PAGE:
How to Generate a Certificate Signing Request (CSR) in OpsCenter

Article:TECH137724  |  Created: 2010-08-13  |  Updated: 2012-12-17  |  Article URL http://www.symantec.com/docs/TECH137724
Article Type
Technical Solution


Environment

Issue



How to Generate a Certificate Signing Request (CSR) in OpsCenter


Solution



Create a local Certificate Signing Request (CSR):

In order to obtain a Certificate from the Certificate Authority of your choice you have to create a Certificate Signing Request (CSR). That CSR will be used by the Certificate Authority to create a Certificate that will identify your website as "secure". Follow these steps:

 

Create a local Certificate

%JAVA_HOME%\bin\keytool -genkey -alias tomcat -keyalg RSA -keystore <your_keystore_filename>   

(See below for %JAVA_HOME% and the keystore file path)

 

The CSR is then created with:

%JAVA_HOME%\bin\keytool -certreq -keyalg RSA -alias tomcat -file certreq.csr -keystore <your_keystore_filename>   

 

Now you have a file called certreq.csr. The file is encoded in PEM format. You can submit it to the Certificate Authority (look at the documentation of the Certificate Authority website on how to do this). In return you get a Certificate.

 

Importing the Certificate:

When you receive the Certificate you can import it into your local keystore. First of all you have to import a Chain Certificate or Root Certificate into your keystore. After that you can proceed with importing your Certificate.

 

Download a Chain Certificate from the Certificate Authority you obtained the Certificate from.
For Verisign.com commercial certificates go to: http://www.verisign.com/support/install/intermediate.html
For Verisign.com trial certificates go to: http://www.verisign.com/support/verisign-intermediate-ca/Trial_Secure_Server_Root/index.html

 

Import the Chain Certificate into your keystore

keytool -import -alias root -keystore <your_keystore_filename> -trustcacerts -file <filename_of_the_chain_certificate_you_downloaded>

 

Finally import your new Certificate:

keytool -import -alias tomcat -keystore <your_keystore_filename> -trustcacerts -file < filename_of_the_certificate_you_downloaded>

 

Detailed Information of above commands:

Java provides a command-line tool called keytool to create a "self-signed" Certificate.

OpsCenter creates a self-signed certificate at  installation time, and customers can choose to replace this with their own self-signed certificates or the certificates they purchased from the Certificate Authority (CA).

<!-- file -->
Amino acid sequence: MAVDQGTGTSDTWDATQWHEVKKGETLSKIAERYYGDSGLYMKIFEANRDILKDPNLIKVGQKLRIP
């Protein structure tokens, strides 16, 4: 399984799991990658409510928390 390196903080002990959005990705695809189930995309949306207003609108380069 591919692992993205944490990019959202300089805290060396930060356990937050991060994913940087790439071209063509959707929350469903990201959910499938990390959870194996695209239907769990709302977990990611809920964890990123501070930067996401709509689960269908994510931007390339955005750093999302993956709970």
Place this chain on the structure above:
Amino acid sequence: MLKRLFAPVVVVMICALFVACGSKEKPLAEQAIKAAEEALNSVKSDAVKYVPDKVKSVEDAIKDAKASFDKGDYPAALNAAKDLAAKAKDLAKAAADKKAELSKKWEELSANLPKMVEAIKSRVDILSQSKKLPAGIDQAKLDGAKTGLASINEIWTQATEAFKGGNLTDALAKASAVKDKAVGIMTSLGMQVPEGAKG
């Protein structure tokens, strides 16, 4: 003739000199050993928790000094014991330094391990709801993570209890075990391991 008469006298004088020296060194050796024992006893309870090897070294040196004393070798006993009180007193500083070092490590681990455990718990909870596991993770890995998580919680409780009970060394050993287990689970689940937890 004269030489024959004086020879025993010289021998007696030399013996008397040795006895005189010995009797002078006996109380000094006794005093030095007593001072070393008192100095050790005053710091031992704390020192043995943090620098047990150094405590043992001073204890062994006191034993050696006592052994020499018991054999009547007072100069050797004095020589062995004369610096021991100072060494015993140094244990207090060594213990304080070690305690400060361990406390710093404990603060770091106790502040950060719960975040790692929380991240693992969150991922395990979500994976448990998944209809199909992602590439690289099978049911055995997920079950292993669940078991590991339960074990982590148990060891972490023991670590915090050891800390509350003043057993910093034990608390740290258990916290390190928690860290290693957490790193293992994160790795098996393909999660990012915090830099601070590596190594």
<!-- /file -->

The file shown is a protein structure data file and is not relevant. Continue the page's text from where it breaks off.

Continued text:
OpsCenter certificates are stored under <install_path>\Symantec\OpsCenter\gui\Security\Keystore

 

The Tomcat configuration file is server.xml file:

OpsCenter updates the server.xml file to point the Tomcat server to the certificate location.

Here is an example of what you may see in the file install_path\Symantec\OpsCenter\gui\WebServer\conf\server.xml

keystoreFile="H:\PROGRA~1\Symantec\OpsCenter\gui\Security\Keystore"  
keystorePass="opscenter" maxHttpHeaderSize="8192"                                        

 

keystoreFile:

You can specify an absolute pathname, or a relative pathname that is resolved against the $CATALINA_BASE environment variable. OpsCenter specifies absolute pathname of the certificate keystore as specified above in the OpsCenter Certificates sections.

 

keystorePass:

Add this element if you used a different keystore (and Certificate) password than the one Tomcat expects (changeit). OpsCenter uses opscenter as a keystorePass.

 

To create a new keystore from scratch:

%JAVA_HOME%\bin\keytool -genkey -alias tomcat -keyalg RSA -keystore \path\to\my\keystore

 

The JAVA_HOME can be found in the install_path\Symantec\OpsCenter\gui\bin\OpsCenterGUIService.xml file

      <EnvVar name="JRE_HOME" value =

After executing this command, you will first be prompted for the keystore password.
You can specify a custom password if you like - you will also need to specify the custom password in the server.xml configuration file as explained above in the server.xml file section.

 

Next, you will be prompted for general information about this Certificate, such as company, contact name, and so on. This information will be displayed to users who attempt to access a secure page in your application, so make sure that the information provided here matches what they will expect.

 

Finally, you will be prompted for the key password, which is the password specifically for this Certificate (as opposed to any other Certificates stored in the same keystore file). You MUST use the same password here as was used for the keystore password itself. (Currently, the keytool prompt will tell you that pressing the ENTER key does this for you automatically.)

 

If everything was successful, you now have a keystore file with a Certificate that can be used by your server. 




Article URL http://www.symantec.com/docs/TECH137724


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